The Chinese believe that the greatest threat to them comes from the United States. To counter the United States’ conventional strength and gain strategic parity, Chinese strategists believe, Beijing will need to strike at the U.S. Achilles heel — Washington’s over-reliance on satellites for C4ISR. Beijing plans to exploit the vulnerable space infrastructure of the United States in the case of a war.
According to a recent RAND report, space and counterspace operations would be important elements in any armed confrontation between the United States and China. The transformational warfighting capabilities that U.S. military forces have developed since the end of the Cold War are largely enabled by “satellite support, and space-based ISR and communication connectivity would be especially important in the broad expanses of the Western Pacific theater.”
The PLA’s interest in the use of space for military purposes gained momentum after the 1991 Gulf War, which has been referred to as the “first space war,” and has only increased since. According to some Chinese analysts, “the U.S. military relies upon space for 70‒80 percent of its intelligence and 80 percent of its communication.” Some Chinese writings also attribute an almost omnipotent quality to U.S. space-based intelligence, surveillance, and reconnaissance (ISR) and conclude that the U.S. receives exquisite intelligence from these platforms.
According to Martin France and Richard Adams, however, “The PLA’s development of ASAT weapons is primarily not a reaction to U.S. space control initiatives. It is driven instead by very practical considerations of regional security and influence, and the desire to conduct asymmetric warfare against a superior foe if conflict arises.”
France and Adams believe that Beijing seeks to offset the dominance of U.S. conventional forces by exploiting their dependence on spaceborne information assets. China also hopes to guarantee the viability of its nuclear deterrent by holding the critical space-segment of American missile defense systems at risk. Finally, the Chinese space program also contributes to the PLA’s anti-access/area denial (A2/AD) capabilities by providing critical C4ISR support to long-range precision strike weapons and providing the ability to threaten U.S. space-based assets.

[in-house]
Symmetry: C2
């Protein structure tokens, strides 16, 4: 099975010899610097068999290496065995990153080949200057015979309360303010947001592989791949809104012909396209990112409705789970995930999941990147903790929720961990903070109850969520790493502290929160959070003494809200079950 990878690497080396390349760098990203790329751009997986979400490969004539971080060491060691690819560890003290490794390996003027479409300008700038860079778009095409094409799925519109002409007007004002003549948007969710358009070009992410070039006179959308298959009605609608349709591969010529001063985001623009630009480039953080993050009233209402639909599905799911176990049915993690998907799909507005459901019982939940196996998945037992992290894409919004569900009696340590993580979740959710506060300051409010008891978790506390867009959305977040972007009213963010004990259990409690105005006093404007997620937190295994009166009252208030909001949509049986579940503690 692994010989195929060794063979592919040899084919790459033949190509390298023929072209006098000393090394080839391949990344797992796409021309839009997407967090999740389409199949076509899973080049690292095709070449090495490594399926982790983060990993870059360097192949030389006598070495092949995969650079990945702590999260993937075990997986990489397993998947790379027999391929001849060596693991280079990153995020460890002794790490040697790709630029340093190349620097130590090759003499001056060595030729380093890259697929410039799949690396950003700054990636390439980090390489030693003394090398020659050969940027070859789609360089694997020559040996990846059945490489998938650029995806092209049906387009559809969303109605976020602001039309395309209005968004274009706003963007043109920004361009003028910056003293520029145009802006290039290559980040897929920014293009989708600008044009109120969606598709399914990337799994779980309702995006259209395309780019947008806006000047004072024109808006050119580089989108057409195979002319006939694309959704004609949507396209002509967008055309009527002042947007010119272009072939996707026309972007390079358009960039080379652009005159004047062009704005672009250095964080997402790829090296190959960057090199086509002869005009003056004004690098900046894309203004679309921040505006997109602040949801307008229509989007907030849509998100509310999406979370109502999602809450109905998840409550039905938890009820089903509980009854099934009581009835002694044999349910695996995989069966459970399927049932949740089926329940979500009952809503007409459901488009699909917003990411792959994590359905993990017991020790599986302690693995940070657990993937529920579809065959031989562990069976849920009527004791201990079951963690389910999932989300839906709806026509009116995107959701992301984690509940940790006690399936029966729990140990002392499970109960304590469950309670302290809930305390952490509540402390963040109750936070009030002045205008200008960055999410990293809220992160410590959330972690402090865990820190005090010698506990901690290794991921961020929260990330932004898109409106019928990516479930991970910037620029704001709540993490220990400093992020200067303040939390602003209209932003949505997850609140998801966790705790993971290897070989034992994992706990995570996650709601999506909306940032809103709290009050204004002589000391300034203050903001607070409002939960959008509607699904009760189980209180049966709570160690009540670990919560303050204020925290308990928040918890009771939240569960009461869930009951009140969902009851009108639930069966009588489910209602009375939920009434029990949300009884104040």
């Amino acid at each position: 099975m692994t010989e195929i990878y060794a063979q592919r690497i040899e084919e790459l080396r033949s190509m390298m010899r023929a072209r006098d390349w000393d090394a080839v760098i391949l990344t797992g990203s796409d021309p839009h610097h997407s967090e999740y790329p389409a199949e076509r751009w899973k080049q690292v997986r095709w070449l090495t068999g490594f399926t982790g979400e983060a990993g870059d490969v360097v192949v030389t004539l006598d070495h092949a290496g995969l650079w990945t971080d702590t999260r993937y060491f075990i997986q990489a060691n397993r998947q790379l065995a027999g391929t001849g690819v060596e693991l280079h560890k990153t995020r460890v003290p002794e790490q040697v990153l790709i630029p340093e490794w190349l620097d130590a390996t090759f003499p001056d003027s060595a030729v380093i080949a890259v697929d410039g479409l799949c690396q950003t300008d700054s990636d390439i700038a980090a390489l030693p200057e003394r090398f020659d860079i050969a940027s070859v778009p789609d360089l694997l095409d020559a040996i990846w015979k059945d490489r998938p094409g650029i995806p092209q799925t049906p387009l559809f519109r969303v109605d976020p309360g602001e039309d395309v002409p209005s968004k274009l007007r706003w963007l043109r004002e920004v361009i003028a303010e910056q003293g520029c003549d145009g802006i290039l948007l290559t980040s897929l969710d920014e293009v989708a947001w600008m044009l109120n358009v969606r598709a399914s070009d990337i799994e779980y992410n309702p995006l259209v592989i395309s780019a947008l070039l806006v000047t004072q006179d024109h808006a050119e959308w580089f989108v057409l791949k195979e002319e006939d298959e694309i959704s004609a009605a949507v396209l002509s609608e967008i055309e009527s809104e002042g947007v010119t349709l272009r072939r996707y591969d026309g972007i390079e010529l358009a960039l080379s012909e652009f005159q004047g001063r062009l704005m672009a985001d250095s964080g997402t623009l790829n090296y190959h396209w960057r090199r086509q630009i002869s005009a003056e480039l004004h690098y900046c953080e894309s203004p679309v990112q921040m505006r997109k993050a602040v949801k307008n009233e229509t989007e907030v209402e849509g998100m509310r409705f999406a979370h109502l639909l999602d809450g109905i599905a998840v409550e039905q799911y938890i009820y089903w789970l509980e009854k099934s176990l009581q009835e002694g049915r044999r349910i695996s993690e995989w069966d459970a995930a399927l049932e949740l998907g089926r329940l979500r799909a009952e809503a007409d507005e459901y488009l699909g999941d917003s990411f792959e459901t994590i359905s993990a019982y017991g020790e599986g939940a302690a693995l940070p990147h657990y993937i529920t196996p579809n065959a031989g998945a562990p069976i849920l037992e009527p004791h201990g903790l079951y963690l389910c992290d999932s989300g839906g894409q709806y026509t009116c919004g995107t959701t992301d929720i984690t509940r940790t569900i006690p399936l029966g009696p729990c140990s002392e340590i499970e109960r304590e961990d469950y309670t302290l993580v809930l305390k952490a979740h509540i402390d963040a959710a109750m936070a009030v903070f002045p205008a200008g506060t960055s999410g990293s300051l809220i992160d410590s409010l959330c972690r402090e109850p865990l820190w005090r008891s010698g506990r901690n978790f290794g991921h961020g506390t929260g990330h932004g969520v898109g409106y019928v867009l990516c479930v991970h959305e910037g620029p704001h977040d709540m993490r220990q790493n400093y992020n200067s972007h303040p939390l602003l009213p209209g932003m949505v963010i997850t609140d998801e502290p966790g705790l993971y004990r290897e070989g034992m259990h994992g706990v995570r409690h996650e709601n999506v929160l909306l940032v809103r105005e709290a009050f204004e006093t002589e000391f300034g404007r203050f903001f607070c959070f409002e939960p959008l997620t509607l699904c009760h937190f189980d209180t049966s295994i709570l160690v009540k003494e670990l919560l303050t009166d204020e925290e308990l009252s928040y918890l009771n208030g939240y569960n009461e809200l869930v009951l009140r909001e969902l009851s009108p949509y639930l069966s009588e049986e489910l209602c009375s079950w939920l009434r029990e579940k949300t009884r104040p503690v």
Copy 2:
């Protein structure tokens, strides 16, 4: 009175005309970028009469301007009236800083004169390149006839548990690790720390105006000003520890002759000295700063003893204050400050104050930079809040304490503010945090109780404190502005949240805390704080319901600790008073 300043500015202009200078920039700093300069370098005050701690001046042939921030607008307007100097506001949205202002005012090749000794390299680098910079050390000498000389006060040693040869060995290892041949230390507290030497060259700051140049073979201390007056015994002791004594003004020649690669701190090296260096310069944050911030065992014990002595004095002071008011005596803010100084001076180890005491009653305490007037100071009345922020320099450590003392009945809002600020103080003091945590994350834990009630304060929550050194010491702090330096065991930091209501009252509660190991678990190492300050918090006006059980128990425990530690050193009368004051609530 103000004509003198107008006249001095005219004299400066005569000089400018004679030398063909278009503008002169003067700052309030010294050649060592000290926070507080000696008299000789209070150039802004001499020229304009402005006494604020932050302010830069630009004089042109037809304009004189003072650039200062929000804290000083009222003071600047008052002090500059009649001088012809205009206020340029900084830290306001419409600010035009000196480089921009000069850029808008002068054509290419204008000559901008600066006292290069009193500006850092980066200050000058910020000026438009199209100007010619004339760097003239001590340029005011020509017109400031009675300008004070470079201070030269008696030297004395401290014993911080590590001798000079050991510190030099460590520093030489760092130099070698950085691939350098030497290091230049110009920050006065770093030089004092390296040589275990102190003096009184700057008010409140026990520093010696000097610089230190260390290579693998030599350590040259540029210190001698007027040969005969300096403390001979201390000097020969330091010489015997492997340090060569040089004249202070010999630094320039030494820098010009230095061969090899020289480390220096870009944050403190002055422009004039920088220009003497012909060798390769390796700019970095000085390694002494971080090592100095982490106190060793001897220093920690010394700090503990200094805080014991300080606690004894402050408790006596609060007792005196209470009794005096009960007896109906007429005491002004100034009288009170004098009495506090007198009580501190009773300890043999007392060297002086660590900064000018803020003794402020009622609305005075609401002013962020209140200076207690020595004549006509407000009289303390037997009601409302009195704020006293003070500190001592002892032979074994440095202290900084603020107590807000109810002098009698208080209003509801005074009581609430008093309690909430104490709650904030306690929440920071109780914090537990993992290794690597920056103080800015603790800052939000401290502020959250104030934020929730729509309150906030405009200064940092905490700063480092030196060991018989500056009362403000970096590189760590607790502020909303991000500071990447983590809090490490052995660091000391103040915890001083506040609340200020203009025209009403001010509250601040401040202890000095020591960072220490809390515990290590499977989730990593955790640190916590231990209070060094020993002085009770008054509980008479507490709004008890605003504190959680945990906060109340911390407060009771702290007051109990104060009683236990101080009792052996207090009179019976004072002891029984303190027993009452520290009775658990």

The DN-2 2013 test jolted Washington and made the United States realize that crucial national security satellites, parked in geostationary earth orbit, are well within the reach of Beijing. As a response, Pentagon announced the launch of a “Space War Center” to counter threats from China and Russia in space, part of a $5 billion boost in space security spending for the Department of Defense. However, over a year and a half later, precious little has come of the Center.
The United States, aware of the enormity of the threat, needs to do a lot more to ensure that space remains a sanctuary instead of turning into a battleground. China and Russia have been pushing for a debate on a Prevention of an Arms Race in Outer Space (PAROS) treaty, which would ensure that states observe a prohibition on space weaponization. Russia and China have also submitted a draft treaty to the UN preventing the placement of weapons in outer space. However, in all likelihood, the United States would not want an arms-control treaty if it means limiting the U.S. National Missile Defense system (which has de facto ASAT applications).Washington withdrew from the Anti-Ballistic Missile Treaty in 2001 and went on to develop ground and sea-based missile defenses that can also act as ASAT weapons. So far the biggest boulder to an international treaty bringing more transparency and arms control to outer space is the United States.
Harsh Vasani is a Postgraduate Research Scholar at the Department of Geopolitics and International Relations, Manipal University.